Boron, the fifth element of the Periodic Table, is one of its unsung heroes, but a hero all the same. Unfortunately, overshadowed by its high-profile neighbouring element, carbon, it does not get the attention it deserves.
Like carbon, boron too is amazingly multifaceted. And far from being boring as its name might suggest, it is highly complex in its intriguing chemical behaviour, its unusual chemical compounds, and the multiple amorphous and crystalline allotropes it can form.
Also, like carbon, boron is one of the lightest elements. But, it is extremely difficult to isolate in the pure form mainly because of its high reactivity and the fact that studying it has always proved to be too challenging. In fact, many scientists are of the view that this fascinating element has not yet been fully understood.
As for the applications of boron and its compounds, they range from being used as a flux by goldsmiths centuries ago to their modern-day use in the production of Organic Light Emitting Diodes (OLEDs) for flat-screen TVs and smartphones.
Interestingly, boron also plays a behind-the-scenes, dazzling role when it comes to gems. It gives the rare and valuable blue diamonds, including the most famous of them all—the Hope Diamond, their attractive blue colour. Blue diamonds contain trace amounts of boron trapped within the matrix of carbon atoms. And since boron absorbs low-energy red light, the white light passing through such diamonds emerges with a bluish colour.
A long history and problematic discovery
Though a naturally occurring element, boron is hardly ever found in its elemental form because of its high reactivity. It typically exists in combination with other elements in the form of boric acid or borates, compounds that are present in oceans and also in sedimentary rocks, coal, shale, and soil. Boric acid or sassolite occurs in certain volcanic springs, whereas seawater contains boric acid and borates. Large quantities of borate minerals are found as white crystalline deposits in desert-like areas.
Borax or sodium borate, the most important compound of boron, may be a common household cleaner today, but people have been using naturally occurring borax for centuries in different ways. Arabian and European goldsmiths used it as a flux, while the Chinese used it in glazes for ceramics. It is believed that ancient Egyptians could have used it for mummification.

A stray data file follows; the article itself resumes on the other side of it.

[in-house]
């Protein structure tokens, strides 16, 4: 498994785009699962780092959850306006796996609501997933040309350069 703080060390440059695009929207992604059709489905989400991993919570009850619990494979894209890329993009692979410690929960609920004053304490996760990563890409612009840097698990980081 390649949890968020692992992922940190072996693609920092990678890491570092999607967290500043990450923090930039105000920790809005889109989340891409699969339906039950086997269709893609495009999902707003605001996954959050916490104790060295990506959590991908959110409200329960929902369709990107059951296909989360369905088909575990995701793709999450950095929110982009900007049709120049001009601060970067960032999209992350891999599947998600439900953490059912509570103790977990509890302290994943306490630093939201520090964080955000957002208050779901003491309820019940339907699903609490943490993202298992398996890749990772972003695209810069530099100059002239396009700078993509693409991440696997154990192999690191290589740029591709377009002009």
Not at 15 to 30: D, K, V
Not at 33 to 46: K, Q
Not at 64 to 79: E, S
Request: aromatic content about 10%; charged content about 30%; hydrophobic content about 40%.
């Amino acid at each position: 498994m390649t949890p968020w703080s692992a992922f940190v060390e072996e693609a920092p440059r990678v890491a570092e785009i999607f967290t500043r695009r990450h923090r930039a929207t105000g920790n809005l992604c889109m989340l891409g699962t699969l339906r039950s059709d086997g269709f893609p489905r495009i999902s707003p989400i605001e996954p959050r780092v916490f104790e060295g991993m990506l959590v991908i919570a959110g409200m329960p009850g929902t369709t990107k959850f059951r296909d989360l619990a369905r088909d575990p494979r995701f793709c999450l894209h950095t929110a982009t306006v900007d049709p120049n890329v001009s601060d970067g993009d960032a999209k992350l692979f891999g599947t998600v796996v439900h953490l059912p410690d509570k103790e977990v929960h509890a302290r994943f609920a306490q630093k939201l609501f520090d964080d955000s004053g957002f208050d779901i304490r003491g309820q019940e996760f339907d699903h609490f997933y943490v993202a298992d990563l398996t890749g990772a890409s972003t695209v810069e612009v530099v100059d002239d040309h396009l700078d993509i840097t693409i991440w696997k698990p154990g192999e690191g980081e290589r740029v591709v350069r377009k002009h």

The Tibetan lakes are considered to be the earliest source of borax. On his travels to China, Marco Polo, the famous Italian merchant, and explorer, had discovered the well-established trade of borates between Tibet and Indian cities. He is believed to be the first to import borax to Europe around the early 14th century via the historic Silk Route.
For centuries, boron proved to be a puzzling element for early researchers who often mistook it for carbon because of the similarities in some properties of these two elements. Then, in 1808, the first breakthrough was claimed to have taken place. Within a few days of each other, two research teams working on extracting boron from borate minerals—one led by Sir Humphry Davy in London and the other by Joseph Louis Gay-Lussac and Louis-Jacques Thénard in Paris—declared they had succeeded in isolating boron. As it turned out, they were mistaken. It took almost another nine decades and the efforts of another great chemist Henri Moissan to prove that what those two teams had produced was a compound containing around 60% boron. In 1892, Moissan isolated a much purer form of the element containing around 90% boron. It was not until the American chemist Ezekiel Weintraub isolated 99% pure boron in 1909 that the real breakthrough was achieved.
The name ‘Boron’ was created for the new element by Sir Humphry Davy. He coined it by combining the word ‘Borax’—since it was the mineral from which it was isolated, and the word ‘Carbon’—given its resemblance to this element.
Today, to produce a reasonably pure form of boron powder, boron oxide present in one of the four main borate minerals—tincal, kernite, colemanite, or ulexite—is heated with magnesium or aluminium flux. Through this reduction process, elemental boron powder that is around 92% pure can be produced.
Turkey, that has rich deposits of borate minerals, is the world’s largest producer of borates, exporting concentrates of borate minerals as also refined borax decahydrate, borax pentahydrate, anhydrous borax, and boric acid.
Why boron is so remarkable?
Boron, the first element of Group 13, is a metalloid or semi-metal. But, the other naturally occurring elements following below it in this group—aluminium, gallium, indium, and thallium—are all metals. Also, unlike the other elements in Group 13 that are soft and have low melting points, boron has an extremely high melting point of roughly 2076oC.
Boron is also an allotropic metalloid and can exist in several different amorphous and crystalline forms, each form having its own distinctive physical and chemical properties. Even the smallest amount of impurities can alter the structure of these forms. According to some scientists, many of the reported forms of crystalline boron could actually be boron-rich borides and not pure elemental boron.